Because the other three Beatles had to counter McCartney’s allegations they were put into the awkward position of testifying that their partnership was still intact and that they could still work together — even though they, like McCartney, had no intention of doing so. In fact, Lennon had already decided to leave the band before the EMI negotiations were finalized but had agreed to keep quiet so as not to jeopardize that deal.

Klein, for his part, had not been individually named, but he thrust himself into the proceedings, submitting a long affidavit arguing that he had been responsible for fixing the band’s financial problems and giving them new riches thanks to the deal with EMI. Klein also argued against appointing a receiver, pointing out that doing so would, essentially, put Apple Corps in limbo — unable to sign new talent and creating confusion amongst the various corporate entities and individuals who did business with the company.

McCartney, however, was unmoved, and his lawyer responded in court that Klein entered the picture while the band was riding “the crest of a wave” and “could claim no credit for the wave, let alone the ocean across which it moved.” Essentially, he accused Klein of hitching himself to the Beatles’ bandwagon and trying to argue that it made him smart when it really just showed he was lucky.

Ultimately, the court ruled for McCartney, appointing a receiver as requested. It took another few years for multiple receivers to figure out who was owed what. Finally, in 1974, the four Beatles settled the case and came to an agreement as to how to divide up their royalties with each other and Apple while formally severing their partnership. As with the Klein photo op from 1969, the band members staged a public signing of their dissolution agreement, this time at the Plaza Hotel in New York City.

McCartney got a lot of bad press during that time for filing the lawsuit and being seen as the person who wanted to break up the band, but he’s been largely vindicated in the years since. Lennon, Harrison and Starr all ended up having their own legal struggles with Klein — Harrison’s ended up being the longest and costliest.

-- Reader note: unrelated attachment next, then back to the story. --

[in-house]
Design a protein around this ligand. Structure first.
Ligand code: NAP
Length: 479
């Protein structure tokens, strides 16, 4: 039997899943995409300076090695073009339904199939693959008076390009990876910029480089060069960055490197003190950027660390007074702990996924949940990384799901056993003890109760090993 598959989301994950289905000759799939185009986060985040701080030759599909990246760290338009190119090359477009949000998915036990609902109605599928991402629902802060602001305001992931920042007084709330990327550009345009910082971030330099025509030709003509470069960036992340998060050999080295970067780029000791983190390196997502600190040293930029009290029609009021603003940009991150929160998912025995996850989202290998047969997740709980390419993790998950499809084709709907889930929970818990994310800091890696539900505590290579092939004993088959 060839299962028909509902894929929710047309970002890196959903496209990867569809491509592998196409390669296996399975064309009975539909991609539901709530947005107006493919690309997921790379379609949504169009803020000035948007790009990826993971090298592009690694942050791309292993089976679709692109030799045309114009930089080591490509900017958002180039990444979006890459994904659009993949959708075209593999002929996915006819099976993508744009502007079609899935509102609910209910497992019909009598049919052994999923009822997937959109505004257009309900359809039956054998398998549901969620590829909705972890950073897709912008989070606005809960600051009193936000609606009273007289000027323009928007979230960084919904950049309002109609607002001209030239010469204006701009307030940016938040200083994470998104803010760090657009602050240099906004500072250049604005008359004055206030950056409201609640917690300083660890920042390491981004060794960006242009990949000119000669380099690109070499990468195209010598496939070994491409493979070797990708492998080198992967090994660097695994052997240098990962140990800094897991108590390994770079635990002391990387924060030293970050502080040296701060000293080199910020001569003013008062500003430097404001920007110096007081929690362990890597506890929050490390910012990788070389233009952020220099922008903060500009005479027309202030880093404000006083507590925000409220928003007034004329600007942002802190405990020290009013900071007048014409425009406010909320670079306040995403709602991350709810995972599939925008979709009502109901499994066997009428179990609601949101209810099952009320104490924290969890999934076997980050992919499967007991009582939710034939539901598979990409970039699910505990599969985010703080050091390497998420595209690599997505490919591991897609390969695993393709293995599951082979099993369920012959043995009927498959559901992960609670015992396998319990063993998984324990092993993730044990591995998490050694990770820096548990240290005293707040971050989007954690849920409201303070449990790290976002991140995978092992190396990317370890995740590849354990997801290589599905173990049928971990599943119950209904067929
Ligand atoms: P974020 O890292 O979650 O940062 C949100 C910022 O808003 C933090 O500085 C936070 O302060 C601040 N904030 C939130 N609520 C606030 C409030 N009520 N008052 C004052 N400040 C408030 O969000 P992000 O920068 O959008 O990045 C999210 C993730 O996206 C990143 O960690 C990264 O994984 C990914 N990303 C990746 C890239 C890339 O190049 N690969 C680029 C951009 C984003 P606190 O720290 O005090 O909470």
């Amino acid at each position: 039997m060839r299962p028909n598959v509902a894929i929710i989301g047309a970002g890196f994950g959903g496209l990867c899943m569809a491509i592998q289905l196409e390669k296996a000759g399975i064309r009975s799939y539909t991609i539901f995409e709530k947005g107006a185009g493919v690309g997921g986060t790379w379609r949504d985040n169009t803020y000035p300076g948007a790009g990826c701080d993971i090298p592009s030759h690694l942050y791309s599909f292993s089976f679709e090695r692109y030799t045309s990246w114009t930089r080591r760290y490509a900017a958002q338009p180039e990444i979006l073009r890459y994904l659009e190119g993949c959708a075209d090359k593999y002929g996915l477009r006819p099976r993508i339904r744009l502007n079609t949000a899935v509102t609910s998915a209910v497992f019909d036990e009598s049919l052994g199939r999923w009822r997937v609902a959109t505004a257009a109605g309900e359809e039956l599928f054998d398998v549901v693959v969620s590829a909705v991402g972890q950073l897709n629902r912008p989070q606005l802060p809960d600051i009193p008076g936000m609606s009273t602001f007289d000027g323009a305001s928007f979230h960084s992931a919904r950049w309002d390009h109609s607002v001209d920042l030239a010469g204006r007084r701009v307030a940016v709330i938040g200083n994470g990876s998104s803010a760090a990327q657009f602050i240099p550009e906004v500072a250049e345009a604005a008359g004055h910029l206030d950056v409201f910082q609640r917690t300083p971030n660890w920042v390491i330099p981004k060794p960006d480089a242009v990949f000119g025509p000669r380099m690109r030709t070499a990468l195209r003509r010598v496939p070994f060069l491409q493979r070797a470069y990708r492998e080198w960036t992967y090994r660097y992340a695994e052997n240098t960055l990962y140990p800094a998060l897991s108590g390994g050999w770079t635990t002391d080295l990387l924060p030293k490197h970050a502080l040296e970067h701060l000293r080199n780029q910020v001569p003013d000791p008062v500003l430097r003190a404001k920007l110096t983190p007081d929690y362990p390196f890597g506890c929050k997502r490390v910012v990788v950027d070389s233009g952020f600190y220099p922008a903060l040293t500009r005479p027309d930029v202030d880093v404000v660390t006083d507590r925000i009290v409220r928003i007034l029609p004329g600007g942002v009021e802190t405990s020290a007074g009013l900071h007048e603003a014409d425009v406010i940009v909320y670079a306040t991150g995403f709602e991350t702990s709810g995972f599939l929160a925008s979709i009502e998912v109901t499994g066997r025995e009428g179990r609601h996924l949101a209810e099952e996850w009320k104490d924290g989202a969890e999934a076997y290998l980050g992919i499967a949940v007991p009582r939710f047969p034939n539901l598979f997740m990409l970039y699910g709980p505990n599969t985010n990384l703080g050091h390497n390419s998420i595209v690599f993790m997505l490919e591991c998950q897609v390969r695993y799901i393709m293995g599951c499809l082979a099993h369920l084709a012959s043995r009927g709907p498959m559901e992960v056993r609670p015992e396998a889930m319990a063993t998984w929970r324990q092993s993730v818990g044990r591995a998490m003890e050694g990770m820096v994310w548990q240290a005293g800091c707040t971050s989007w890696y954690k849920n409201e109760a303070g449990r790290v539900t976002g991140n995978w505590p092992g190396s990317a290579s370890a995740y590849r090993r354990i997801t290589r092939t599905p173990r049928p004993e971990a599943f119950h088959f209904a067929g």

Klein first tried to seize Harrison’s publishing entity, Harrisongs. When that didn’t work, he bought the rights to “He’s So Fine,” whose melody Harrison had been accused of plagiarizing for his solo hit “My Sweet Lord,” and took over the pending litigation against his former charge. Citing a clear conflict of interest, a judge limited Klein’s recovery in the matter, but legal issues between Klein and Harrison would drag on for decades, not to be fully resolved until 1998, three years before Harrison died of cancer.

Eventually, time helped heal some wounds — although not enough for the Fab Four to reunite before Lennon’s death in 1980. In preparation for the Beatles Anthology project, McCartney, Harrison and Starr reconvened in 1994 to work on three new Beatles songs to be fashioned out of previously unheard Lennon demos. Two of them (“Free As a Bird” and “Real Love“) were completed before technological limitations shelved the third (“Now and Then“). It would not be finished until recent advancements in artificial intelligence and audio restoration technology made it possible to overcome the poor quality of the original demo.

That song will probably be the last act for the Beatles. Unless, of course, Klein’s estate gets them back in court for one final reunion.